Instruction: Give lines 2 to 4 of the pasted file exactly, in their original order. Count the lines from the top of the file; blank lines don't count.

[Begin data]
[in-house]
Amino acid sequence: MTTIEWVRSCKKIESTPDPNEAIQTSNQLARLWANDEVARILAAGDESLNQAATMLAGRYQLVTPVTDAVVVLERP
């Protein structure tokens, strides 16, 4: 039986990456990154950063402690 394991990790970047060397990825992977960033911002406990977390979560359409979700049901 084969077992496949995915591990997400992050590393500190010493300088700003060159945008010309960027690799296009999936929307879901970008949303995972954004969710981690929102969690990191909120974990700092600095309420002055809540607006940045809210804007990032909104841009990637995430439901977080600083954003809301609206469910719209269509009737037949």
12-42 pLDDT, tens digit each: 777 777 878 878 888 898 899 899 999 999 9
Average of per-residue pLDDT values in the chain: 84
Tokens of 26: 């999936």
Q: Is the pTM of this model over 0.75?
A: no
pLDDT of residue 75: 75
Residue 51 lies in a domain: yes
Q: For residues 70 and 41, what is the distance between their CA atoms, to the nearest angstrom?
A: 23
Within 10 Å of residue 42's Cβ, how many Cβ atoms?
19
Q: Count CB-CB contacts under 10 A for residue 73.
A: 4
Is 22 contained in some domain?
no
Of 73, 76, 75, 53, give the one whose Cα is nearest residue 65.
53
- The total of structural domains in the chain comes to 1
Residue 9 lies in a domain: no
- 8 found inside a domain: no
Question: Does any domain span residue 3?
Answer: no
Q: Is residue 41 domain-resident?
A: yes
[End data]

Amino acid sequence: MTTIEWVRSCKKIESTPDPNEAIQTSNQLARLWANDEVARILAAGDESLNQAATMLAGRYQLVTPVTDAVVVLERP
């Protein structure tokens, strides 16, 4: 039986990456990154950063402690 394991990790970047060397990825992977960033911002406990977390979560359409979700049901 084969077992496949995915591990997400992050590393500190010493300088700003060159945008010309960027690799296009999936929307879901970008949303995972954004969710981690929102969690990191909120974990700092600095309420002055809540607006940045809210804007990032909104841009990637995430439901977080600083954003809301609206469910719209269509009737037949």
12-42 pLDDT, tens digit each: 777 777 878 878 888 898 899 899 999 999 9